It’s not exactly the “Ginger or Mary Ann” question, but the debate over “Bon or Brian” has lingered for nearly 30 years now — even after Australian rockers AC/DC proved their mettle with longterm singer Brian Johnson, who replaced frontman Bon Scott in 1980.
Had Scott made it through, he would have turned 63 today and we obviously wouldn’t be having this discussion at all.
But he did and we are. So, at least rest assured that the guy would still be rocking alongside Angus and Malcolm, even as he closed in on retirement age.
Bon Scott was a driver and handyman when he met the Young brothers in 1974, and began pestering them to let him join the band — as a drummer. Instead, they discarded singer Dave Evans and gave Scott the gig.
Scott, who was born in Scotland but was six when his family moved to Australila, had already played drums on other local bands, as well as having held down a variety of dead-end jobs.
I first heard him when I picked up Let There Be Rock when I was in high school, and something clicked.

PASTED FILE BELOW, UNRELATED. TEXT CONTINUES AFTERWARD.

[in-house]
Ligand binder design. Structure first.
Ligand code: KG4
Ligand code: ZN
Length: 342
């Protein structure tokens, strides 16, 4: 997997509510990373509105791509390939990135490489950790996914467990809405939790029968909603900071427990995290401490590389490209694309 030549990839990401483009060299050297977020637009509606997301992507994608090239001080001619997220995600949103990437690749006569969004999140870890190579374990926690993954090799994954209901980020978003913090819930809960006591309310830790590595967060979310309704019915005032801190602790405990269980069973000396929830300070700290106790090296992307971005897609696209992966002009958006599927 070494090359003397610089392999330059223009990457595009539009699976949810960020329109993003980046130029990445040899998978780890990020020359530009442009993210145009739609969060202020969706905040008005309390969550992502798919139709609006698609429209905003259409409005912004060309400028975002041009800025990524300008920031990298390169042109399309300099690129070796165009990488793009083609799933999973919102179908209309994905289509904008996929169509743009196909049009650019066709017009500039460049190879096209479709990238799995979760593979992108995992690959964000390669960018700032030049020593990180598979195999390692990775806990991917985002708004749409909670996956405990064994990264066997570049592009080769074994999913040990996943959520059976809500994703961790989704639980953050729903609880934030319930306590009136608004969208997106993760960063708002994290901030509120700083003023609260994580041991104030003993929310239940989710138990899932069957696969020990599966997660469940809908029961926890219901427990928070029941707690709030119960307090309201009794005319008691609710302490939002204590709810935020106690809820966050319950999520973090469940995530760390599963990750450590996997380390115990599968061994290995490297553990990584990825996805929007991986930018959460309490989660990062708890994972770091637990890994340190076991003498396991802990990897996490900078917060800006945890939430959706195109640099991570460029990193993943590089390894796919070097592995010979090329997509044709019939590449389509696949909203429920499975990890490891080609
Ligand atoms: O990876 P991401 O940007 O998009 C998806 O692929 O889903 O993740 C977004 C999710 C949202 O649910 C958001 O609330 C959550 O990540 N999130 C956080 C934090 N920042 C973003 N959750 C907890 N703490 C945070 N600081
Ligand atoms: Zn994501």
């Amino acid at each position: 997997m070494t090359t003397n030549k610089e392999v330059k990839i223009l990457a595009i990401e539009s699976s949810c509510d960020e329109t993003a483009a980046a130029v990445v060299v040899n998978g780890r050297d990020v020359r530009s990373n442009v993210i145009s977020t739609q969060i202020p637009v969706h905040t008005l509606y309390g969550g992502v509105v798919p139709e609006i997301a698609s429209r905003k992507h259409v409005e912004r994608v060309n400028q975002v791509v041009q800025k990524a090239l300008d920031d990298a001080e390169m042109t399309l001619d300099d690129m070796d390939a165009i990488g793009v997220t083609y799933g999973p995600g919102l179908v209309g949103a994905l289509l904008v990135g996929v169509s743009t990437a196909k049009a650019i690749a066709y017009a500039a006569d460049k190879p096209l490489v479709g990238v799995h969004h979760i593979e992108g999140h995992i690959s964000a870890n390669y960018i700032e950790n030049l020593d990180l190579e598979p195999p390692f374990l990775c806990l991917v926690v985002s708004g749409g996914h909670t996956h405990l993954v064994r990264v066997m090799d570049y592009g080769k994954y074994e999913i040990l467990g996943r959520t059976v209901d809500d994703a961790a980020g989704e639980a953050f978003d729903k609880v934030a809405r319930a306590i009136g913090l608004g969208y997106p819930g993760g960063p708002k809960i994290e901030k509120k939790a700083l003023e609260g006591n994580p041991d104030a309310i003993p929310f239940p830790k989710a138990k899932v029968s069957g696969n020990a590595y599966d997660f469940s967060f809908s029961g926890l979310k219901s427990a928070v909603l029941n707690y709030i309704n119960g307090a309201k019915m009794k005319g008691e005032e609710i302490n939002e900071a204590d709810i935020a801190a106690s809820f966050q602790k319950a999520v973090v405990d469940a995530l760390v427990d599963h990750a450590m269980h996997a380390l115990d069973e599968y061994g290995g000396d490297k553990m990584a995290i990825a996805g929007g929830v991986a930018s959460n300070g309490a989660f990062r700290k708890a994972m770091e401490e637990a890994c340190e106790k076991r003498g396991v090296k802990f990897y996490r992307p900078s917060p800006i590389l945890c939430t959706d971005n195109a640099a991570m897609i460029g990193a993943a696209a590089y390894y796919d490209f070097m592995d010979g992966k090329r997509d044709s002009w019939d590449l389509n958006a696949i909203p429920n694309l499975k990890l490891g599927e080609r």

The guy had a raunchy and menacing voice that fit the band’s driving guitar rythm’s and Angus’ riffs. In 1979 they were touring behind their sixth album, Highway to Hell — their last with Scott — when I saw them open for Ted Nugent at Madison Square Garden.
I was pretty much hooked by them.
Of course, nothing lasts forever: Early in 1980 Scott drank himself into a stupor in London and was left in a friend’s car to sleep it off.
Versions of what happen next have varied over the years — some accounts say he froze to death, others say he died of alcohol poisoning, one of the official listed causes of death.
Either way, he was found dead the next day.
AC/DC reportedly considered calling it quits at that point. But instead they resolved that Scott would’ve wanted them to continue. So they signed up power-voice singer Brian Johnson and released Back in Black, a tribute to Scott.
It was a good move: Johnson has led the band to unprecedented success and international acclaim, and now has a significantly longer tenure than Scott ever did with the band. And it’s hard to deny the chemistry these guys continue to have.
So, Johnson made AC/DC a great band — but a different band.
And to me, Bon Scott’s AC/DC will continue to be sorely missed, even all these years later, when he would’ve turned 63.
So, happy birthday, Bon. I’m not sure we’ll see you in heaven, but I know we’ll hear you.
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